There's a reasonably accurate summary at

    <http://docs.oracle.com/javase/specs/jls/se7/html/jls-5.html>

    > Thanks for the help


    Glad to be of service.

    --
    Eric Sosman
    d
    Eric Sosman, May 21, 2013
    #7
  8. Panoramix

    Roedy Green Guest

    On Tue, 21 May 2013 08:23:13 -0700 (PDT), Panoramix
    <> wrote, quoted or indirectly quoted someone
    who said :

    >Someone has a good introduction to conversions of values in Java?


    see http://mindprod.com/applet/converter.html
    --
    Roedy Green Canadian Mind Products http://mindprod.com
    Technological possibilities are irresistible to man.
    If man can go to the moon, he will.
    If he can control the climate, he will.
    ~ John von Neumann (born: 1903-12-28 died: 1957-02-08 at age: 53)
    Roedy Green, May 22, 2013
    #8
  9. On 22.05.2013 00:07, Panoramix wrote:

    > When I say conversions, I mean every type of conversion!


    Well, then you just need

    public interface Converter<F,T> {
    T convert(F fromValue);
    }

    implement all conversions needed plus a smart mechanism to choose the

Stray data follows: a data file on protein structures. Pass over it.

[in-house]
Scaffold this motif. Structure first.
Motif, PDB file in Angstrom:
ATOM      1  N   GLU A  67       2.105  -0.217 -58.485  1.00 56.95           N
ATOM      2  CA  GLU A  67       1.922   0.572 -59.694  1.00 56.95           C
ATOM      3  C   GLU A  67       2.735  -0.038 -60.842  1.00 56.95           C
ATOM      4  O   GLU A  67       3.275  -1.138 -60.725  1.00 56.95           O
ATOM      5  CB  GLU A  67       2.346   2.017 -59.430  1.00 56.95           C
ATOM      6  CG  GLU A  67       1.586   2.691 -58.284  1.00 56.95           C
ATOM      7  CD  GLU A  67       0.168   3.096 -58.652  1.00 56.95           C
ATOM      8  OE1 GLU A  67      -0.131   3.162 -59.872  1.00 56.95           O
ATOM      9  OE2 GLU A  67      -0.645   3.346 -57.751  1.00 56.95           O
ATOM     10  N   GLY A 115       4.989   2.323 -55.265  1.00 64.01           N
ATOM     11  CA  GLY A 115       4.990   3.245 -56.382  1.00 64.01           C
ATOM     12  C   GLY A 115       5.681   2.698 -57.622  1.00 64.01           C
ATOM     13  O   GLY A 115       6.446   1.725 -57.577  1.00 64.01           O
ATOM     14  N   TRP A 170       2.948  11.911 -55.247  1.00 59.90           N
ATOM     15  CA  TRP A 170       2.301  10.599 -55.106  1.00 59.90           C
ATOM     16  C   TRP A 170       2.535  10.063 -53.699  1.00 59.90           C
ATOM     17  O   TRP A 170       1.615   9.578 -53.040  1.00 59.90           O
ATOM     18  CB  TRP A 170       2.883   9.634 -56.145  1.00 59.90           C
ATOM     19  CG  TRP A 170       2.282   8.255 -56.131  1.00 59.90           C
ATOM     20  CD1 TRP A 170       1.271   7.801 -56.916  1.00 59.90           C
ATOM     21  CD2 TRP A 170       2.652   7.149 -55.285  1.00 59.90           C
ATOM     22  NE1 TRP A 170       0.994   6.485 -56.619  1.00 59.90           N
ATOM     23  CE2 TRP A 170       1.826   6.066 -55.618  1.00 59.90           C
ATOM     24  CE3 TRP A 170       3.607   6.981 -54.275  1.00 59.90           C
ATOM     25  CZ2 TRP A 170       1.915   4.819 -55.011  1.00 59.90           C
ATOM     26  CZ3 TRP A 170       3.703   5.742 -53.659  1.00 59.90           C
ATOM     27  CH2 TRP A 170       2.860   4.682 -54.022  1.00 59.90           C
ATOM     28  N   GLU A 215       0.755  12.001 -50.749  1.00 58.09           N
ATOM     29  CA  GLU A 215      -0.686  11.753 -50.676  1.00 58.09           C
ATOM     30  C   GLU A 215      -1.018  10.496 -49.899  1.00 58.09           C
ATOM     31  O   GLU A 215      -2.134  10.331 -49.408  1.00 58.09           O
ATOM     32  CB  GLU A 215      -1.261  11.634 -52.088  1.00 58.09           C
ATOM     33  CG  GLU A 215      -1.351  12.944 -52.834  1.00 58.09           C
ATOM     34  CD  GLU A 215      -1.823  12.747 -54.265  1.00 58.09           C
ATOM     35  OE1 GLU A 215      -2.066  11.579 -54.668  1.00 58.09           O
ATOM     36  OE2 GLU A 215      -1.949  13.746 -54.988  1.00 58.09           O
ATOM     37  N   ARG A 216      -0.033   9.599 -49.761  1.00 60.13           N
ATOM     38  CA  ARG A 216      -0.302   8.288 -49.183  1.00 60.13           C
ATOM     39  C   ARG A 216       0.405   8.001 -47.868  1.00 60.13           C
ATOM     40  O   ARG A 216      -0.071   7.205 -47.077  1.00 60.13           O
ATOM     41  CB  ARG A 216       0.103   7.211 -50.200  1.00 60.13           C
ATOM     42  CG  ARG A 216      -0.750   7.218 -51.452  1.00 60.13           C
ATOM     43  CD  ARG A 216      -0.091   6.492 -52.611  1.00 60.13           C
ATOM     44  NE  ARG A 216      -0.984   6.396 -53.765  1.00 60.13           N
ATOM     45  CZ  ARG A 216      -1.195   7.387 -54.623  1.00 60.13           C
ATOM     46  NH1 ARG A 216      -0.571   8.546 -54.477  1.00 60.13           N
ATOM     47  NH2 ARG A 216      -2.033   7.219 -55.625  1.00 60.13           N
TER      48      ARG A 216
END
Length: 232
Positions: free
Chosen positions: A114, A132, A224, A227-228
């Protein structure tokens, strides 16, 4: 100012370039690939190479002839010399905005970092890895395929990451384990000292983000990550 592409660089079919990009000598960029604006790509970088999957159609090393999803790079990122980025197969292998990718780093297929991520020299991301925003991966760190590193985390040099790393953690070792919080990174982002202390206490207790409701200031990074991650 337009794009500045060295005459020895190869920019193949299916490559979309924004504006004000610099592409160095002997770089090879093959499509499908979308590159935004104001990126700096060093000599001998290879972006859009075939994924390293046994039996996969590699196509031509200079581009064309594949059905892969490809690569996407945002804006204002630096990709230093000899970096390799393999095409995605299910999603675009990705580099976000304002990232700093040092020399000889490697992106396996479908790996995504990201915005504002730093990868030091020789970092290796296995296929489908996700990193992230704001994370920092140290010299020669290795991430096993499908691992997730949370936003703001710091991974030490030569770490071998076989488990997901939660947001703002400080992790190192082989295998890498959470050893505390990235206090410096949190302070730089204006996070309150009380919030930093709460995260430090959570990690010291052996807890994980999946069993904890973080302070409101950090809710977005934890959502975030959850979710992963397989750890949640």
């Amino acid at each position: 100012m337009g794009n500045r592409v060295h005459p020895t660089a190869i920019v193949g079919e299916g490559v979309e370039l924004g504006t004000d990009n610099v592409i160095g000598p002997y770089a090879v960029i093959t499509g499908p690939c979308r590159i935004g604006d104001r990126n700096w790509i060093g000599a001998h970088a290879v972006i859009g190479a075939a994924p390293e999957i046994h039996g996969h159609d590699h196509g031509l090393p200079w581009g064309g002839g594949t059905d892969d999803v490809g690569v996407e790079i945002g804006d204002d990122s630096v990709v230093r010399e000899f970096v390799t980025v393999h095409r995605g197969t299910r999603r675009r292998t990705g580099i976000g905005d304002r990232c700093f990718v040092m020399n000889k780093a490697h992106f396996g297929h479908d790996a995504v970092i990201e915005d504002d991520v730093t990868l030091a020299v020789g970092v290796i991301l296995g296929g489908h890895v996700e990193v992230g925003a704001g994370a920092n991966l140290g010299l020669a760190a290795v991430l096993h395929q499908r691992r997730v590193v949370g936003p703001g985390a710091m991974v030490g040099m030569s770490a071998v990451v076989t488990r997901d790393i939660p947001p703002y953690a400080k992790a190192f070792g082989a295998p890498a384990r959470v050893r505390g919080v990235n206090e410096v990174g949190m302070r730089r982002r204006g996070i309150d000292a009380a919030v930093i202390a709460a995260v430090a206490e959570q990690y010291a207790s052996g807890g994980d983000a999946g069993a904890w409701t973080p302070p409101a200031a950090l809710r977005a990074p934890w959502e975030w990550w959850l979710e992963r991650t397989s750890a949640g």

appropriate one in every case. ;-)

    Cheers

    robert

    --
    remember.guy do |as, often| as.you_can - without end
    http://blog.rubybestpractices.com/
    Robert Klemme, May 25, 2013
    #9
  10. On 05/25/2013 06:27 PM, Robert Klemme wrote:
    > On 22.05.2013 00:07, Panoramix wrote:
    >
    >> When I say conversions, I mean every type of conversion!

    >
    > Well, then you just need
    >
    > public interface Converter<F,T> {
    > T convert(F fromValue);
    > }
    >
    > implement all conversions needed plus a smart mechanism to choose the
    > appropriate one in every case. ;-)
    >
    > Cheers
    >
    > robert
    >

    JSF javax.faces.convert.Converter. :) You've got to do the custom work
    and the mechanism is explicit, but still...

    A fair few ESBs (enterprise service buses) also have what they call
    transformers (converters) and often a registration/auto-discovery
    mechanism. For example, in Java-based ESBs - which is most of them - you